Understanding Cost of Delay (Part 4): WSJF - the "divisor"
Note: terms in boldface are defined in the Glossary of Essential Kanban Condensed which is available here. To get the background to this piece check out these previous posts:
Part 1: Understanding Cost of Delay and its Use in KanbanIn Part 3 we established why the factor used for prioritising work items is urgency divided by the development delay (U/D). Whichever item has the highest value for this term (sometimes referred to as the "wisjif") should be done first. Urgency is the rate of decay of the business value (the Cost of Delay per week) and we must estimate both the business value and CoD profile to derive this. In this post however we focus on the other variable. What is the appropriate value to use for D?
Part 2: Cost of Delay Profiles
Part 3: How to Calculate WSJF
Part 4: WSJF - Should you divide by Lead Time or Size? (this article)
Part 5: Others may follow
OK I'm going to tell you my conclusion before looking at why. It's a surprising conclusion (at least for me!). My conclusion is that you should use "size", or a proxy for size like the estimated number of "user stories" in the work item, rather that the period of time before the item is released (Customer Lead Time). Mmm... if that's surprising to you (or if you've no idea why it might be surprising) read on!
Why use "size" rather than Customer Lead Time in WSJF?
To me the "first-glance" obvious answer to the question "What is D?" is Customer Lead Time. The business value is not realised until the item is delivered and "live". So the delay we are talking about is the time from the decision to implement (known as the commitment point in Kanban) to the release date; in other words, the Customer Lead Time. Some people have suggested that an estimate of the "size" of the item in some units (such as number of stories or story points) is an effective proxy for Lead Time. In fact it is a very poor proxy for this. (See for example Ian Carroll's blog  looking at correlation between size and Lead Time. The correlation is very weak, possibly non-existent!) The reason for this is low Flow Efficiency - the ratio of time working on an item to elapsed time. If Flow Efficiency is in single figures (typical for most teams) it is not surprising that size does not correlate well with Lead Time. Therefore we can't use size as a proxy for Lead Time. So why did I conclude that size is the correct divisor for wisjif?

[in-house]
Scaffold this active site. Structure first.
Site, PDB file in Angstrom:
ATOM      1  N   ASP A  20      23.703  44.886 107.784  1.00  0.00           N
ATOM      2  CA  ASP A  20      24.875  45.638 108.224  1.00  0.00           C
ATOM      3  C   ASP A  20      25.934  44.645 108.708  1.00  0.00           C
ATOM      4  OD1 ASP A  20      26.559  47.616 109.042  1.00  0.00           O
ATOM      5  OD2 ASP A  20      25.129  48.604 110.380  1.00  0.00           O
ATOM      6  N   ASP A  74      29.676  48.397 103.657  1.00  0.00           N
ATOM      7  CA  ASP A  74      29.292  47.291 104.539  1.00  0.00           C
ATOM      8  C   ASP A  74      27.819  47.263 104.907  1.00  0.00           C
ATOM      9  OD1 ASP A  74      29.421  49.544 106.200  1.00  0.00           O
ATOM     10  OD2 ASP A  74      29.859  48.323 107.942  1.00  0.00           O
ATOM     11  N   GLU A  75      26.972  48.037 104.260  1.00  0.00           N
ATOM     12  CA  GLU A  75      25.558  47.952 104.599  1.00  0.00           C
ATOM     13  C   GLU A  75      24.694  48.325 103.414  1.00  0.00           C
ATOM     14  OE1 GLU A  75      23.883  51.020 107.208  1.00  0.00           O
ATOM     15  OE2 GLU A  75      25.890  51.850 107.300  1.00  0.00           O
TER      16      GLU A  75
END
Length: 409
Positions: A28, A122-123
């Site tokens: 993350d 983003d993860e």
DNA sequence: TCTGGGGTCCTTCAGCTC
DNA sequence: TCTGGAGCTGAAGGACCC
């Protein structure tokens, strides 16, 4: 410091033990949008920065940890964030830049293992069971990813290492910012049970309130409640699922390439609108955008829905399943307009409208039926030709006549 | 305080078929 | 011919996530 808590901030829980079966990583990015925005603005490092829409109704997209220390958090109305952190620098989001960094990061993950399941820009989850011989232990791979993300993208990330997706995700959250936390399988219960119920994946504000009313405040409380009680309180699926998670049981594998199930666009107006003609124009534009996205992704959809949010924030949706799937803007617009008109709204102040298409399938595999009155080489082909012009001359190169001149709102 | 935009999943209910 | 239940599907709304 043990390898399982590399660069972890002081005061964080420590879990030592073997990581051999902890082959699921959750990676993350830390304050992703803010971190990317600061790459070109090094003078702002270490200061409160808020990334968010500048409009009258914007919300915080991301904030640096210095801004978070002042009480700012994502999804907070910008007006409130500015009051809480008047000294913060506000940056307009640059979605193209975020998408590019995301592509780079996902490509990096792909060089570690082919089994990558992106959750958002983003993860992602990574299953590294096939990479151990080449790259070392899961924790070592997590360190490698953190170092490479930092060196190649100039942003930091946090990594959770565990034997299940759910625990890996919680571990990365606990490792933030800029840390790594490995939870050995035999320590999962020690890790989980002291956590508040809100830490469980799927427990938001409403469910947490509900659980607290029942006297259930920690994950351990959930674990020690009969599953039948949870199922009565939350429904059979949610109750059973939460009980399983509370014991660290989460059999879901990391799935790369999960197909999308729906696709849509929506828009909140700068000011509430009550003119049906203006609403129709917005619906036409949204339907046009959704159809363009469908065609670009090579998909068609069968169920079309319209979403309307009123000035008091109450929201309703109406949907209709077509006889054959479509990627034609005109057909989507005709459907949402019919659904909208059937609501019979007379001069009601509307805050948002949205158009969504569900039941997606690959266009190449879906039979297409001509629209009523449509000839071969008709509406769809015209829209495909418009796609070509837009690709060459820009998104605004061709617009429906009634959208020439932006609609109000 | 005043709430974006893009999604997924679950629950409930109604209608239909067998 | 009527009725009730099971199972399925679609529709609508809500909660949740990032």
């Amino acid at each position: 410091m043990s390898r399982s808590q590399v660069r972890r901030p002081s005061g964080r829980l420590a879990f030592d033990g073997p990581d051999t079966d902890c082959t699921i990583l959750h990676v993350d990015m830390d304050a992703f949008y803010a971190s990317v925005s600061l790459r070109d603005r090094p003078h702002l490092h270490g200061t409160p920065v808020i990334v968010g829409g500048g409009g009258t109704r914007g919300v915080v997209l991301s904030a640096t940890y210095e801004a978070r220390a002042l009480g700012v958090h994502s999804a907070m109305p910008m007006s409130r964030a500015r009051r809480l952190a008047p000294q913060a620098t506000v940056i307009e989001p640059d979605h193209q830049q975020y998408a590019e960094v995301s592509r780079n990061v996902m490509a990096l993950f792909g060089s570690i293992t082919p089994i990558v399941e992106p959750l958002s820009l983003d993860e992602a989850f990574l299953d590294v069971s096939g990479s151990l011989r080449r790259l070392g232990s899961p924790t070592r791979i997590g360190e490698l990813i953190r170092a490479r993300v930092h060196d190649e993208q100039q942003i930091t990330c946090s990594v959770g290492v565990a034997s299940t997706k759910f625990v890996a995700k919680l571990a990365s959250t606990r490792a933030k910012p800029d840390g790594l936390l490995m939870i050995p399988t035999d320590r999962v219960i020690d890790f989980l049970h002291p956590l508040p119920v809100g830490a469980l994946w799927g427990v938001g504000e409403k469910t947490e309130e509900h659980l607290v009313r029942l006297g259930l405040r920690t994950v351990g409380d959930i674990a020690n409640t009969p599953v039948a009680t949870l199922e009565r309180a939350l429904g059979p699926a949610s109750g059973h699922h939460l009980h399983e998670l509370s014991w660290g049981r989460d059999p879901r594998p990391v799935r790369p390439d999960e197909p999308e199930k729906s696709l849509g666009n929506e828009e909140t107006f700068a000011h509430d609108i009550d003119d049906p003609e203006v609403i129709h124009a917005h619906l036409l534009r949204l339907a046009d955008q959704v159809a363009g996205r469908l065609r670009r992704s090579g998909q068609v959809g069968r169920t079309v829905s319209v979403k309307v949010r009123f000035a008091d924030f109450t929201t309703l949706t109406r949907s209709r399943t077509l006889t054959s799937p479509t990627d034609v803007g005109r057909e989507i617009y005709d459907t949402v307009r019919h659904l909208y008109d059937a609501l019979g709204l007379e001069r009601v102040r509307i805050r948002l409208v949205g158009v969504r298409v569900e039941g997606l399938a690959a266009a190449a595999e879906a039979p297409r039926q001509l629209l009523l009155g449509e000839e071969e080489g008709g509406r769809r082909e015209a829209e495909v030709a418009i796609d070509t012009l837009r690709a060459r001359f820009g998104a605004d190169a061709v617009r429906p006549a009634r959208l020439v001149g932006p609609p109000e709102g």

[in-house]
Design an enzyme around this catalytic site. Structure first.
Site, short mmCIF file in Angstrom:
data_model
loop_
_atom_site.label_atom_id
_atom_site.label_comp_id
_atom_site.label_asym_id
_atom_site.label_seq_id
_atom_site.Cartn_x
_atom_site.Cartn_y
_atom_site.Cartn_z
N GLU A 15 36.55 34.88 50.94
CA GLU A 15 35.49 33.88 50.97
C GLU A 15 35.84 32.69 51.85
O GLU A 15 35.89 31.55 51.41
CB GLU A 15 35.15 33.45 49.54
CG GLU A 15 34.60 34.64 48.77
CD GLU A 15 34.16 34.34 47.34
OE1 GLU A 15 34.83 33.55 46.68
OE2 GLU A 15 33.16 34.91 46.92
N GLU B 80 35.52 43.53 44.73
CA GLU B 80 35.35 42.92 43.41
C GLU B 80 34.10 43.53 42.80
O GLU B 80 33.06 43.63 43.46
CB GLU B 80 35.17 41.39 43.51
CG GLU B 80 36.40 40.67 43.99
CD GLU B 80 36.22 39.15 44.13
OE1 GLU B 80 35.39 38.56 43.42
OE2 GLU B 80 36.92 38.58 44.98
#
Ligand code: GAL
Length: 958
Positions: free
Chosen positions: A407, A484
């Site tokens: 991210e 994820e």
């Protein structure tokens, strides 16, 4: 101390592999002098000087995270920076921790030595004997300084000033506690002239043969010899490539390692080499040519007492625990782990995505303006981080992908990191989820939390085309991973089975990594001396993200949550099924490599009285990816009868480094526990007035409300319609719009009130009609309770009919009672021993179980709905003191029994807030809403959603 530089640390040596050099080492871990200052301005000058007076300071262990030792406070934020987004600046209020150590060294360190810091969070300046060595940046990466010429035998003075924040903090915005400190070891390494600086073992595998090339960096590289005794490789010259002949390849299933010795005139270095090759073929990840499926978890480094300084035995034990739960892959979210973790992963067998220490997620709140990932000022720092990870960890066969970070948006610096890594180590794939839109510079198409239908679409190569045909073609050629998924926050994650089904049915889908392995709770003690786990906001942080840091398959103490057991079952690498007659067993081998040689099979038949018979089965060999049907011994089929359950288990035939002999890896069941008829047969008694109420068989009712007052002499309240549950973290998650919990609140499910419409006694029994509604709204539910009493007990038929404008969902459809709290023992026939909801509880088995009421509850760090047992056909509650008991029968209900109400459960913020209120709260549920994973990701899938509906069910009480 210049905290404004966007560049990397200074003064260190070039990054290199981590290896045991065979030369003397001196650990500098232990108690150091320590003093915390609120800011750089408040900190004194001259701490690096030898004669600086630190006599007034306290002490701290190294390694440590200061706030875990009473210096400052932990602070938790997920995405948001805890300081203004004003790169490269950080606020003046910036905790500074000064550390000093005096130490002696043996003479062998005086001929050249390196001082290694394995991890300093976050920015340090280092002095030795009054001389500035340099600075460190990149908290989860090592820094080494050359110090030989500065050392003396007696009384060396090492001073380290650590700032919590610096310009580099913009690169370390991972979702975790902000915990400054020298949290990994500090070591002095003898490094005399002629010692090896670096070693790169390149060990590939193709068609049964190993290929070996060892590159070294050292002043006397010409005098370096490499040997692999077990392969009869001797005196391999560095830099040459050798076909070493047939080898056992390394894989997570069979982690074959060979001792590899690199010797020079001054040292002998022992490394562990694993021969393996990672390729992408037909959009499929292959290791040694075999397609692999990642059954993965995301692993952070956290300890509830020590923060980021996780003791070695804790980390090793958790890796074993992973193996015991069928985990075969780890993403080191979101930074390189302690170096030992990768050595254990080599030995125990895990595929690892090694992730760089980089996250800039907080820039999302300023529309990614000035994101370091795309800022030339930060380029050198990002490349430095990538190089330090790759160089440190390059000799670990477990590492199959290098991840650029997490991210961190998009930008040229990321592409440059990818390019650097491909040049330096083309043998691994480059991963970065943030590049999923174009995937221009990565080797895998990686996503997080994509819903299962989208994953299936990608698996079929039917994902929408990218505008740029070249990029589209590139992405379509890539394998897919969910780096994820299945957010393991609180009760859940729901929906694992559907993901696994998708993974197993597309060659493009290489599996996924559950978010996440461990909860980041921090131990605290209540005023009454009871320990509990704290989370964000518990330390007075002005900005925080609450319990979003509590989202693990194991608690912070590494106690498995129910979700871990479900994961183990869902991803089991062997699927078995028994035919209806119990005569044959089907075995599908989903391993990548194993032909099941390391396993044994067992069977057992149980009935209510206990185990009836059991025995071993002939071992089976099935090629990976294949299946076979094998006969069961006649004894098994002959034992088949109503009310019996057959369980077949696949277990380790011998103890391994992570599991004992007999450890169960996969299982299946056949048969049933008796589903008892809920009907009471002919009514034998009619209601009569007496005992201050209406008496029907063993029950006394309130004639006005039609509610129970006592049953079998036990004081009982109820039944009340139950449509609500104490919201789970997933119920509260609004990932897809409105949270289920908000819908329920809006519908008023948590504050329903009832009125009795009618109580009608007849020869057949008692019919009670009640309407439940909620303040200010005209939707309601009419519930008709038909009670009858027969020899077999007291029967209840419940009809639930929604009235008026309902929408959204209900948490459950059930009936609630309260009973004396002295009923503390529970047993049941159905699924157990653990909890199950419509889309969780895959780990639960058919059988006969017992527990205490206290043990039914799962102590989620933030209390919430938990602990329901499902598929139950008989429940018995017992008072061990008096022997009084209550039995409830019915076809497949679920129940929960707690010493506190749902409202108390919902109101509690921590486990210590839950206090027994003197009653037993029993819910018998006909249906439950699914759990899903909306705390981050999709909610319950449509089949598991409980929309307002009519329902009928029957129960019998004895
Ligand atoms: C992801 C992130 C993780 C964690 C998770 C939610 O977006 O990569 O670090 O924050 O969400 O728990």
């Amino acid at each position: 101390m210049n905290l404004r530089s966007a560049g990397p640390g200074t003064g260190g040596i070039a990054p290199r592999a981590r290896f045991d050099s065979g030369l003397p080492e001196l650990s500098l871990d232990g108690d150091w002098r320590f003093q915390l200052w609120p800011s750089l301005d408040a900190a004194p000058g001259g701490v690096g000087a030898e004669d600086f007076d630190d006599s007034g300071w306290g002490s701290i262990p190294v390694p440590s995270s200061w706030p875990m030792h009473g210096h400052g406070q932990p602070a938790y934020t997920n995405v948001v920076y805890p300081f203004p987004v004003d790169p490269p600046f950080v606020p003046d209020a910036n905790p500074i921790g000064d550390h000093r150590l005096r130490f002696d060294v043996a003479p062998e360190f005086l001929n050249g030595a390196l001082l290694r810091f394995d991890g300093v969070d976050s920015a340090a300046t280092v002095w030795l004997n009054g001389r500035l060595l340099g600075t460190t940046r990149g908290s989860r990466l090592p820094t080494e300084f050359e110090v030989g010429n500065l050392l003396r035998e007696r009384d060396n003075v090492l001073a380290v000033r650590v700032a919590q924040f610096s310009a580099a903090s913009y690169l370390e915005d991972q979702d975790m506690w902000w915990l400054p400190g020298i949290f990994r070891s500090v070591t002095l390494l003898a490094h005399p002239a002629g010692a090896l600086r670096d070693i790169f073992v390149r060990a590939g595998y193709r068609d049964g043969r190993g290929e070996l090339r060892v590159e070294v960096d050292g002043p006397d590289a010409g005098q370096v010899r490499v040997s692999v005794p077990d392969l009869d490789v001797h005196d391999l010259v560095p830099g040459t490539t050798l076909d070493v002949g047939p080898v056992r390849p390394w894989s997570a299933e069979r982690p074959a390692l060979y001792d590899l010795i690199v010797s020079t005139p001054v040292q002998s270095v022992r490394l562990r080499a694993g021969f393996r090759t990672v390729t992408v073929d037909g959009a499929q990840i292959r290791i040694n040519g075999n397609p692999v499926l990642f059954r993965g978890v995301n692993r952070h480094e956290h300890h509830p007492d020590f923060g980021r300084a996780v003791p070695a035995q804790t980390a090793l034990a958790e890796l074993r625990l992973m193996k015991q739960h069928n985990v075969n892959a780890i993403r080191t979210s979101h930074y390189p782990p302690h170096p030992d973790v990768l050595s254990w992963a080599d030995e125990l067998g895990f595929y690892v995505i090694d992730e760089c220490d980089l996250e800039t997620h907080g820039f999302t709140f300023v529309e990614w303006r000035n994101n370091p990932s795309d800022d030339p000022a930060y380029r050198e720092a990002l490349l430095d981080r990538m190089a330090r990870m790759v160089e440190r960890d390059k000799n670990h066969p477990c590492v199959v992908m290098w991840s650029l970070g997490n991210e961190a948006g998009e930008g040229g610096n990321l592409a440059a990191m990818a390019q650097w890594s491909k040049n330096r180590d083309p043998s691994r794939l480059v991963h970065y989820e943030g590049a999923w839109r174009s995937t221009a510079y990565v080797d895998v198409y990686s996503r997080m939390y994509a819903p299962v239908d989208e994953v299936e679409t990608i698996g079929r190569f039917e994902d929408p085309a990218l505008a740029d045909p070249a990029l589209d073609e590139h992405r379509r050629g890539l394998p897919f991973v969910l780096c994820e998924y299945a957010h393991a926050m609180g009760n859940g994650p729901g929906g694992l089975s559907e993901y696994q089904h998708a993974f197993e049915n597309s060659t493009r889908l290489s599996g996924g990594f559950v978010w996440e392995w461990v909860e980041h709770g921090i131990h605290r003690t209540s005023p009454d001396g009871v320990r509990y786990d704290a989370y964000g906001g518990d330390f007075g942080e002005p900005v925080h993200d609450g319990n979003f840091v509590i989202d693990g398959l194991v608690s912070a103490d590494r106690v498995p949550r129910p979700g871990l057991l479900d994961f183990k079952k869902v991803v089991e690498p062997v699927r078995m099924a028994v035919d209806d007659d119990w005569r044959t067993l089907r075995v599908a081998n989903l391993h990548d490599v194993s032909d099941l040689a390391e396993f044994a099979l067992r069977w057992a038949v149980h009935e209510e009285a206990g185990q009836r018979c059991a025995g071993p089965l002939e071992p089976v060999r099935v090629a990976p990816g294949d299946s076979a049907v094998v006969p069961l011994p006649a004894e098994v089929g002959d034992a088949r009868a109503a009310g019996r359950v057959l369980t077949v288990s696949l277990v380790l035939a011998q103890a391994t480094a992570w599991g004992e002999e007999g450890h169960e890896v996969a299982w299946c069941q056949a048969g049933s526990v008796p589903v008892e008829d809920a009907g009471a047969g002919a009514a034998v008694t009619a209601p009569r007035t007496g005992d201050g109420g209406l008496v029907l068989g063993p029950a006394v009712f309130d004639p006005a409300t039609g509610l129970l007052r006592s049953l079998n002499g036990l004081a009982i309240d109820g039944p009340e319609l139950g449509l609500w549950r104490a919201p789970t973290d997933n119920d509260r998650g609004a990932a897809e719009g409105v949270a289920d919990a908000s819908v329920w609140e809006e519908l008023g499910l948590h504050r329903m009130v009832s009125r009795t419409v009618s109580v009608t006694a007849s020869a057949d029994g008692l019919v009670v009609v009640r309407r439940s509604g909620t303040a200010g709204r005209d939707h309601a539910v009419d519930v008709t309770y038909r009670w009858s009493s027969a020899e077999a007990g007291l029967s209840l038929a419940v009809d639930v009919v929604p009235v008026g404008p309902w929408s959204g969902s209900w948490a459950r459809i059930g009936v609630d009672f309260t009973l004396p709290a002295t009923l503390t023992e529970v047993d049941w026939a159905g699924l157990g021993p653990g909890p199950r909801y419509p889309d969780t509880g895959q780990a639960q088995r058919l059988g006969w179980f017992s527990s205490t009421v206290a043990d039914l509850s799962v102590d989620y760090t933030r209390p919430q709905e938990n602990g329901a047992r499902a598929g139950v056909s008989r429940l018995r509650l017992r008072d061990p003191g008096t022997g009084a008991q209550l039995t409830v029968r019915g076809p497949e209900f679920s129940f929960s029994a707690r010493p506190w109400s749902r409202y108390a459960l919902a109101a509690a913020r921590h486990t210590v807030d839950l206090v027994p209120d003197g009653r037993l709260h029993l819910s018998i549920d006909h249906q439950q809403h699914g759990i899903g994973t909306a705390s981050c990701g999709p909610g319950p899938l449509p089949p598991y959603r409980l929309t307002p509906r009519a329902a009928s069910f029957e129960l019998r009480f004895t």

Let's go back to the derivation of WSJF in the previous article (How to Calculate WSJF). The assumptions we used were that: the urgency was constant over the period of interest; and importantly, that the team's WiP limit was 1. Basically we assumed the second feature had to wait until the first feature had been delivered before we started on the next feature. In these circumstances the delay, is equal to Customer Lead Time - both for the wait until benefit occurs and for how long the previous item holds up the product team before it can start the next item. In reality these are two different wait times - provided that the WiP limit is allowed to be greater than one. The delay before benefit occurs is still the Customer Lead Time (let's call this T), but the team is held up by less that the Customer Lead Time - they can work on another work item while the first item is held up by a blocker or waiting for release. This is a much more realistic assumption than WiP=1.
This change in assumption changes the equation for the value realised by implementing item 1 followed by item 2. In the previous article we found this to be:
Now we are considering that the time during which the team is held up, is a different and shorter time than the time before the value is realised. Let's say the teams working on this product have capacity to deliver "stories" at an average rate of C stories per week. and that the estimated number of stories in the two work items are s1 and s2.
So the amount of time that the second item is held up by the first item is s1/C. The rest of the Customer Lead Time, T, is waiting time - let's call that w. So...
Read part 5: Not yet available!
Back to part 1: Understanding Cost of Delay and its Use in Kanban